Scheme of Remedies for Misrepresentation
|✅ Paper Type: Free Essay||✅ Subject: Law|
|✅ Wordcount: 3101 words||✅ Published: 4th Jan 2021|
In pre-contractual negotiations, one party (the Representor) may make representations to another party (the Representee), which relate, by way of affirmation, denial, description or otherwise, to a statement of fact or present intention. If the representations made are untrue, they may be termed misrepresentations. The Representor may know that the statements are untrue; or they may be careless or reckless as to their truth. Alternatively, the Representor may hold an honest belief as to truth of the statements made.
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Generally there is no positive duty to act honestly in English Law – a misrepresentation cannot be made by silence and even where one party proceeds, fully aware that the other is contracting on the basis of a misunderstanding of some fact, English law does not provide for a remedy. The exceptions are where the facts given are a half-truth, or where a statement is made, circumstances change and the maker of the statement fails to disclose this. Further exceptions are where a contract, such as one for insurance, is treated by the law as being ‘of the utmost good faith’ and requiring the contracting party to disclose all relevant facts; or where the contract involves a fiduciary relationship such as between a company and its promoters.
European Law, by contrast, imposes a positive duty to act in good faith and fair dealing, both during the course of negotiations and where a contract is concluded. It allows avoidance of the contract for fraudulent (deceitful) non-disclosure of information which, in accordance, with the principles of good faith and fair dealing, a party should have disclosed. The duty extends to situations where a contract is not even concluded: for example, where negotiations break down, or where one party is ‘time wasting’. This positive duty to act in good faith is common in other jurisdictions, including some common law systems.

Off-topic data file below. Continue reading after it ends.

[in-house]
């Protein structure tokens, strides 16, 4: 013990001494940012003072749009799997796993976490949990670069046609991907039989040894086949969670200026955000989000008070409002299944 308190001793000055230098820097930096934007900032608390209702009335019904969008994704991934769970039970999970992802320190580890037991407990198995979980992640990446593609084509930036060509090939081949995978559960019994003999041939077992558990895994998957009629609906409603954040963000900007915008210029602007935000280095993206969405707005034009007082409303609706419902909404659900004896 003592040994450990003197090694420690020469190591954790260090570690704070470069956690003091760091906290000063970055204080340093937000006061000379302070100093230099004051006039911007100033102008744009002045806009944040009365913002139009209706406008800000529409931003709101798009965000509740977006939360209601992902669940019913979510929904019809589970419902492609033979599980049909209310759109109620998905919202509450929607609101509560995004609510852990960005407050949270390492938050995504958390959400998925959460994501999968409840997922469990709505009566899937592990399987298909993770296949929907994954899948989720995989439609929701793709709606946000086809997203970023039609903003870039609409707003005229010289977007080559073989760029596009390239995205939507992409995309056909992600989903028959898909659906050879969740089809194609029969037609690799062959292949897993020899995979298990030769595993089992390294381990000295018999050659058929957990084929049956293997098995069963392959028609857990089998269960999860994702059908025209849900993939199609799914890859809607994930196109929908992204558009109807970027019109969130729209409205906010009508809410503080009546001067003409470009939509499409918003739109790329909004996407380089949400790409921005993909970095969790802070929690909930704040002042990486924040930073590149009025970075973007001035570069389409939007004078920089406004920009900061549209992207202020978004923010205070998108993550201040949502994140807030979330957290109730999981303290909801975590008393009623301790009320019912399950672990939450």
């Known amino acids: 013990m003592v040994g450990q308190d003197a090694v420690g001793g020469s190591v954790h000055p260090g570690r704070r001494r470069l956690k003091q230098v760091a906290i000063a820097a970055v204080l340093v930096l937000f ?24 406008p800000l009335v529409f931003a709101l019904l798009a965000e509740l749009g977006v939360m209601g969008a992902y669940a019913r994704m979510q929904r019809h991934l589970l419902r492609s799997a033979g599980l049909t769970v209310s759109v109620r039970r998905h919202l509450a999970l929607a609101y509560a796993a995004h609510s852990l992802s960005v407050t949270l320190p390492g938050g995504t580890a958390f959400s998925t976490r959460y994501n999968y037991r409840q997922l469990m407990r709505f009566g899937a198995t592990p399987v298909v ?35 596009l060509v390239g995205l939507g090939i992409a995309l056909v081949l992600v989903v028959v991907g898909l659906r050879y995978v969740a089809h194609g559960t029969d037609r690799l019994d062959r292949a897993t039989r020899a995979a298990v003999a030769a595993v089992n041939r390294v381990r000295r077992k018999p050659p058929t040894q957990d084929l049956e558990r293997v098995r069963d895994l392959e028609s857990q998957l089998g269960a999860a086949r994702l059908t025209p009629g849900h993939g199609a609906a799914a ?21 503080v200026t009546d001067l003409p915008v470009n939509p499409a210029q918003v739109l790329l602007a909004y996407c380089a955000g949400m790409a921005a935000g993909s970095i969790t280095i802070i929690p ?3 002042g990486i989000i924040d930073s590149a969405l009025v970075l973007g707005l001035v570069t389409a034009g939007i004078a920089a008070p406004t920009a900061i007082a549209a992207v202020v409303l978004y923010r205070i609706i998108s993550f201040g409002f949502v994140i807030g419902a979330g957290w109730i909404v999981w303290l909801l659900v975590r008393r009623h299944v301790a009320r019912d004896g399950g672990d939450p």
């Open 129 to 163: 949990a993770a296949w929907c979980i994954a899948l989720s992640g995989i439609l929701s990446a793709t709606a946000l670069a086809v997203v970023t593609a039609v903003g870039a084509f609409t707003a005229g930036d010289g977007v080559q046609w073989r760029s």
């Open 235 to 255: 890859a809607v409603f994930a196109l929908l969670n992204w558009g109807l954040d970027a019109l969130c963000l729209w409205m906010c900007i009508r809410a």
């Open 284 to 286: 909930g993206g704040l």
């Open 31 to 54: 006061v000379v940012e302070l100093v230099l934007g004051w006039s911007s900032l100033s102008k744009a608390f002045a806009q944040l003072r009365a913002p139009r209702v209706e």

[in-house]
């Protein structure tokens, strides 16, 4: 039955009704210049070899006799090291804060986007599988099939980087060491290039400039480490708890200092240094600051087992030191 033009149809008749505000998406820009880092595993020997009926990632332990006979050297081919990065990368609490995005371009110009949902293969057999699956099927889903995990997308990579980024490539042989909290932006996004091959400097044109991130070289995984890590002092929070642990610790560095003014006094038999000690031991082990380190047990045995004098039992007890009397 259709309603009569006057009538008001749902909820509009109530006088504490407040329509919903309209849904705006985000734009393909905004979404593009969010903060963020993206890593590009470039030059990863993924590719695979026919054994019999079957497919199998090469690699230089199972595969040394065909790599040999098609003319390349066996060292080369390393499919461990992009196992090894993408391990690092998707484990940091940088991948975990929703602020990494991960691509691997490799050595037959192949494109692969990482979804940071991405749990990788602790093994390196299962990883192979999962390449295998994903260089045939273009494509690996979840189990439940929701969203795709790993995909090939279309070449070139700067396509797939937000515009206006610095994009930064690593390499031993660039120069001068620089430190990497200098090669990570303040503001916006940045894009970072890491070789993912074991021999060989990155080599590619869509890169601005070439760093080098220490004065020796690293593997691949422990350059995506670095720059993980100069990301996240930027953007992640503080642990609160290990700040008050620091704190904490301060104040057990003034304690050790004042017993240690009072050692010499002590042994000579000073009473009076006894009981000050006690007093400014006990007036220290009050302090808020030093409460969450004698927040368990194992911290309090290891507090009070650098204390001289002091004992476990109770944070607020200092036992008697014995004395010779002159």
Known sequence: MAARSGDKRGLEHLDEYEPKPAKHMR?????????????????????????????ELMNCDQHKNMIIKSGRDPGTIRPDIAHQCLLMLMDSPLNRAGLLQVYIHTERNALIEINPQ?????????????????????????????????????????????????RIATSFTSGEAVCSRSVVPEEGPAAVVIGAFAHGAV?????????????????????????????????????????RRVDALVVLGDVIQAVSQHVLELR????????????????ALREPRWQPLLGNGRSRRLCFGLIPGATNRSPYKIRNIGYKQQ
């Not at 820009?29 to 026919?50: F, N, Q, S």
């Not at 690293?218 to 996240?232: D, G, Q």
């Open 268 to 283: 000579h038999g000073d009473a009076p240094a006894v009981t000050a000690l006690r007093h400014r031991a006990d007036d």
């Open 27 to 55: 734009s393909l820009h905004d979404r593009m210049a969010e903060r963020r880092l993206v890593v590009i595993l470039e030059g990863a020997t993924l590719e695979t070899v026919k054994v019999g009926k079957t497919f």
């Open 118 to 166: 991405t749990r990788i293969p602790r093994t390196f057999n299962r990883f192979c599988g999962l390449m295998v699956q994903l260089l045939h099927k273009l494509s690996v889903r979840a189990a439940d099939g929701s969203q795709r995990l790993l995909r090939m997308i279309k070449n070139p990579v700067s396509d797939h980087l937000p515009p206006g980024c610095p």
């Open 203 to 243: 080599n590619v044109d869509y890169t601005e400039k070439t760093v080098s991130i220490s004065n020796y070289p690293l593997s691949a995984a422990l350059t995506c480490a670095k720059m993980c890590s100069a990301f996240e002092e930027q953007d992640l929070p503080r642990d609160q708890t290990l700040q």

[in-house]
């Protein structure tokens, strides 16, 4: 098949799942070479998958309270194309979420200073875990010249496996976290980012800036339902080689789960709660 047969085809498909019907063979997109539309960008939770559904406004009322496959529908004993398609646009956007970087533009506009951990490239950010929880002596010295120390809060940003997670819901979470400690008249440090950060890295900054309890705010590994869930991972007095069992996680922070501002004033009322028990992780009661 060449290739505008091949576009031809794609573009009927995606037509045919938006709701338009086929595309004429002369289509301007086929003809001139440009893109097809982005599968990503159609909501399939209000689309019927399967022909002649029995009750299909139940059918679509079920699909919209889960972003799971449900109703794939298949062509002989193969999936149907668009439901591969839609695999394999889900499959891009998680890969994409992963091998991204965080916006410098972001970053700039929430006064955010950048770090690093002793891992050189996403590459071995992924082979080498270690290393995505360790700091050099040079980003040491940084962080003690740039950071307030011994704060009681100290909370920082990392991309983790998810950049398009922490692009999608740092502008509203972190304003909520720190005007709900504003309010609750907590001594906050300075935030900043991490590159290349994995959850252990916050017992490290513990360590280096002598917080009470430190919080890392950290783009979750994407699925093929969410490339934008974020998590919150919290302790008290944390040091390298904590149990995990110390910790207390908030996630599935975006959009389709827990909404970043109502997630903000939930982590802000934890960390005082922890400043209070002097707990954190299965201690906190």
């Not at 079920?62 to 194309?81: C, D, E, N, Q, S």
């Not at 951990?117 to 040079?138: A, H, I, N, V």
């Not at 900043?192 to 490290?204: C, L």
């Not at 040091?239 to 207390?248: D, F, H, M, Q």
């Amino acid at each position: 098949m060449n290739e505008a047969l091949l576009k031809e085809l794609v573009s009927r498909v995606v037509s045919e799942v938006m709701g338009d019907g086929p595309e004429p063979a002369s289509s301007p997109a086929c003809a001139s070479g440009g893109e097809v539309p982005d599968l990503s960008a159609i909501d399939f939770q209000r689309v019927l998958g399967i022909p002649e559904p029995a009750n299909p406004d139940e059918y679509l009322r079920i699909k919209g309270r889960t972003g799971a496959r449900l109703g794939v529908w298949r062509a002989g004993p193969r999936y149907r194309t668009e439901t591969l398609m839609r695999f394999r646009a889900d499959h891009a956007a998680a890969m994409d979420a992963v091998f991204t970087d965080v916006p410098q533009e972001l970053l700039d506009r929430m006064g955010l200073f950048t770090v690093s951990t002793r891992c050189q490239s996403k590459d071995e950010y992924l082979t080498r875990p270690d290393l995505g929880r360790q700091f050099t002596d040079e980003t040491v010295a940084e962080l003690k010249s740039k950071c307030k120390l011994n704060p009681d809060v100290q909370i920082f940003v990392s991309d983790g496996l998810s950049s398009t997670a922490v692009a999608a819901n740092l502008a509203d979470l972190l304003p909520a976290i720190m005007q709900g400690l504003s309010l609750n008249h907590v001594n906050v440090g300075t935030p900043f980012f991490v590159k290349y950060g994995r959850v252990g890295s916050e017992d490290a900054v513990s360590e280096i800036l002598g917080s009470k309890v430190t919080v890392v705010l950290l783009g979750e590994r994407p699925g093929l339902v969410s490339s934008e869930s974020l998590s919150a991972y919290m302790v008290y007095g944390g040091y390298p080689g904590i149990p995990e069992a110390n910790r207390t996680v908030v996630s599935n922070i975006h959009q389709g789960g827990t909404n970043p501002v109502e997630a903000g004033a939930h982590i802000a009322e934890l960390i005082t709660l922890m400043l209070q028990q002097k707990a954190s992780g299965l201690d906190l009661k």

The scope of remedies for misrepresentation in English law depends on the type of misrepresentation that has occurred. Where the misrepresentation is fraudulent, the law sees the Representor as more blameworthy and the level of damages is not limited by, for example, remoteness, the duty to mitigate, and contributory negligence. The reasons for imposing wider liability on the intentional wrongdoer than on the innocent misrepresentor are certainly moral, but as Lord Steyn notes, the law and morality are inextricably interwoven and, to a large extent, the law is simply formulated and declared morality. It seems ironic, therefore, that there is no remedy whatsoever are where one party deliberately fails to disclose a material fact: an action that is intentionally dishonest, immoral and surely equally blameworthy.
To be blameworthy means to be at fault or deserving of blame: from a moral standpoint, it implies conduct for which a party is guilty and deserves reproach or punishment. However, there is a logical consistency to, and a general policy of, not punishing intentional wrongdoers by civil remedies in English law: the primary remedy for civil wrongs is to provide compensatory damages, measured by the claimant’s loss; and the aim of providing a remedy, frequently cited, is to put the claimant into as good a position as if no wrong had occurred. However, the principles by which the remedies for fraudulent misrepresentation have developed do appear to go beyond this, having a punitive nature in their application.